Some interesting info concerning the tech sector has surfaced in recent years — but unless you were looking for it, you probably didn’t notice. Data shows that since the birth of the technology industry as we know it today (circa 1980), output has been growing steadily but employment has remained pretty much flat. To put it another way: there’s more tech work being done every year, but roughly the same amount of people doing it.
For those of us who work in technology, this data raises important questions. First of all, why is this happening? What implications does it have for people who currently work in tech, and for those who are hoping to enter the field? Finally, is this a trend we should expect to continue, or will changes to the industry impact job growth and create more vacancies for skilled employees?
We’ve done some digging so that we can shed some light on the issue. By looking at the likely reasons for this phenomenon and examining recent industry changes, we’ll explain what current and aspiring tech workers can expect as the field continues to evolve.
Why is the Tech Sector (Still) so Small?
There are several likely reasons why the tech sector hasn’t grown as quickly as other industries, even in recent years. Here are a few factors with clear links to the field’s relatively slow rate of job growth:
Technology exists to make our lives easier, but too often we confuse that with simply being able to do more things in a given time period. Unfortunately, there’s a limit to the mental energy someone can spend on a given task — no matter how many apps there may be for it. A survey of employees from 30 well-known tech companies showed that over 57% of respondents were suffering from burnout.
A different survey from Kronos discovered that an unreasonable workload accounted for approximately 32% of burnout amongst surveyed tech workers, while another 32% was due to too much overtime or after-hours work. The implication is that people who work with technology are often expected to do more — either because we assume their skills make them hyper-efficient or simply because the industry is competitive. This would certainly help explain why the industry is apparently able to keep doing more work with the same number of people each year.
More recently, we’ve seen an uptick in the number of tech companies that are relying on AI to fulfill duties previously handled by human beings. According to Forrester, technology such as artificial intelligence and machine learning will replace 22.7 million jobs in the United States by 2025. When you consider how much of a problem burnout in the tech sector has become, it’s actually quite easy to understand why companies would use AI instead of people: machines don’t take breaks, suffer nervous breakdowns, or complain about low pay (in fact, you don’t have to pay them at all).
That’s not to say replacing your staff with AI is necessarily an affordable option. In fact, even simple types of AI such as chatbots can cost over $50,000 on the high end, placing them well outside the reach of most SMBs. Since cheaper bots will have limited capabilities, it’s still not feasible for most companies to completely replace their human employees with robots. Still, AI in its current form is definitely inhibiting job growth across the tech industry as a whole.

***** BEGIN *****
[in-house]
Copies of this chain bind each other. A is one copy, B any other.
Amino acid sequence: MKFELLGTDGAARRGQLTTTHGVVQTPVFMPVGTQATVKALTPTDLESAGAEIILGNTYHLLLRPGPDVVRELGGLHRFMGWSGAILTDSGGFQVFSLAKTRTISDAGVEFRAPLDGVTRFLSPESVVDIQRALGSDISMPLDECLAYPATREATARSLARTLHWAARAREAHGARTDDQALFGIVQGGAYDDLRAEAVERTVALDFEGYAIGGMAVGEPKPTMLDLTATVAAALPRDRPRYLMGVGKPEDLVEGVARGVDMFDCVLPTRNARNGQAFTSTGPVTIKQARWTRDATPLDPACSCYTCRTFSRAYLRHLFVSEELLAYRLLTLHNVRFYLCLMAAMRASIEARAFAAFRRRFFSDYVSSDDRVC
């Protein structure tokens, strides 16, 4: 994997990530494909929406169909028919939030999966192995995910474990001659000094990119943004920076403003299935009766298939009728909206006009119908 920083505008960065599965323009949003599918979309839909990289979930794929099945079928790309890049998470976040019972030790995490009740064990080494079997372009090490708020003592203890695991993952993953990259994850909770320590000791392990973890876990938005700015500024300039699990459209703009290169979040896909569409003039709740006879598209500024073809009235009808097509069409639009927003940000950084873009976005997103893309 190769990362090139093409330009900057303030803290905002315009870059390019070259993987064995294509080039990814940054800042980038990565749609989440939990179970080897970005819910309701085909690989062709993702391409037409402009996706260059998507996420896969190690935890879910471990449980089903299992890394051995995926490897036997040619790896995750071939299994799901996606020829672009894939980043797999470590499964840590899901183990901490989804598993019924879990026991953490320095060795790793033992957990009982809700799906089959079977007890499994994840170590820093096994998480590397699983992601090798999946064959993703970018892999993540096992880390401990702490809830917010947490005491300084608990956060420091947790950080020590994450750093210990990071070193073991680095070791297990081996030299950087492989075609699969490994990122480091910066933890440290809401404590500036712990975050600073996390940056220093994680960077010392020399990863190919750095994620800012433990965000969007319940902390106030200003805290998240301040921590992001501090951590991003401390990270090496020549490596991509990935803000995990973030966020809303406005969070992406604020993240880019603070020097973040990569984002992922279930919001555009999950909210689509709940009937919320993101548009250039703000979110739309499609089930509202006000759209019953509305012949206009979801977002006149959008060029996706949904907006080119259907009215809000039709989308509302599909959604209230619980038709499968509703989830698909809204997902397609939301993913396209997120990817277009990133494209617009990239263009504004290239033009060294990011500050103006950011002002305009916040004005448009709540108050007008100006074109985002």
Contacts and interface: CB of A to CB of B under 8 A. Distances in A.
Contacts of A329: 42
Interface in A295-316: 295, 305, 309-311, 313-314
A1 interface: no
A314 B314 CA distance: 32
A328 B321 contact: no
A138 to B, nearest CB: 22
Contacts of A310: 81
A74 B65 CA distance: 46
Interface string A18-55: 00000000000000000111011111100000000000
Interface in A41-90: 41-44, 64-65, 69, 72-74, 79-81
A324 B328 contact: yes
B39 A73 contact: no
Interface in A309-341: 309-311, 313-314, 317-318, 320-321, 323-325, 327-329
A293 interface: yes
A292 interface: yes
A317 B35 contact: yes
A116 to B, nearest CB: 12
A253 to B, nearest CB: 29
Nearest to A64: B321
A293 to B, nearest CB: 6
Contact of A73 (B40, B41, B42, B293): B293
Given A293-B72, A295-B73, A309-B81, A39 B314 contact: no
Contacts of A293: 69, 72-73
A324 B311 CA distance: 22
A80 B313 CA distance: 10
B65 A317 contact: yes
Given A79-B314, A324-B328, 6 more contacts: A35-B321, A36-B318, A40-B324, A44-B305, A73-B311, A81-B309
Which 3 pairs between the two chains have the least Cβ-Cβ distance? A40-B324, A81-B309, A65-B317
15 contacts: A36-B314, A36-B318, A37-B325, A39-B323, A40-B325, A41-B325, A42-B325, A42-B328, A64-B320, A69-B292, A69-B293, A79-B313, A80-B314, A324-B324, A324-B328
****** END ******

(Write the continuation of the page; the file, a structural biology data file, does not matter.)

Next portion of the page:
Even with AI taking over certain functions, it’s hard to keep a tech company growing without being able to hire top talent in key areas as you expand. Unfortunately, U.S. employers often find themselves competing fiercely for the same small pool of suitable professionals, due to a lack of public investment in STEM education and an immigration system that can make bringing in skilled labor from other countries difficult.
Why There’s Hope for Tech Companies — and Workers
What does all this mean for those who currently work in the tech sector — or those who are trying to get their start in the field? Fortunately, the implications aren’t as dire as you might think.
For one thing, many believe that AI has the potential to create at least as many jobs as it replaces — both by expanding employment in key roles such as leadership and by creating new jobs for those who maintain automated systems. If that’s true, it will likely help to decrease burnout as well, since machines will be taking over many of the more repetitive, low-level functions currently performed by humans and leaving them free for more conceptual tasks.
The talent problem is trickier, but many believe that outsourcing certain IT functions may provide the answer for tech companies and their employees. For example, third-party SOCaas providers who are well-equipped to take on the work of monitoring network security for their clients can help those businesses save enough money to hire new full-time employees in other critical roles, and ease the workload on their staff in the process. Because outsourcing also reduces costs and risks to SMBs, it can also help them grow faster — eventually creating more opportunities in the tech sector.
Growing Along with the Industry
Long-term data like the study showing slow job growth in tech over the past few decades can look pretty grim, but it’s important to remember that today’s tech industry is not the same one that existed in 1980.
As technology continues to evolve, it promises to create solutions to many of the problems that currently have companies and job-seekers worried. Furthermore, popular bogeymen like AI and outsourcing are actually much more likely to grow the economy and create opportunities than they are to take them away — at least, in the grand scheme of things.
Organizations and individuals who embrace these changes instead of resisting them will most likely be among the first to reap the considerable benefits they offer.
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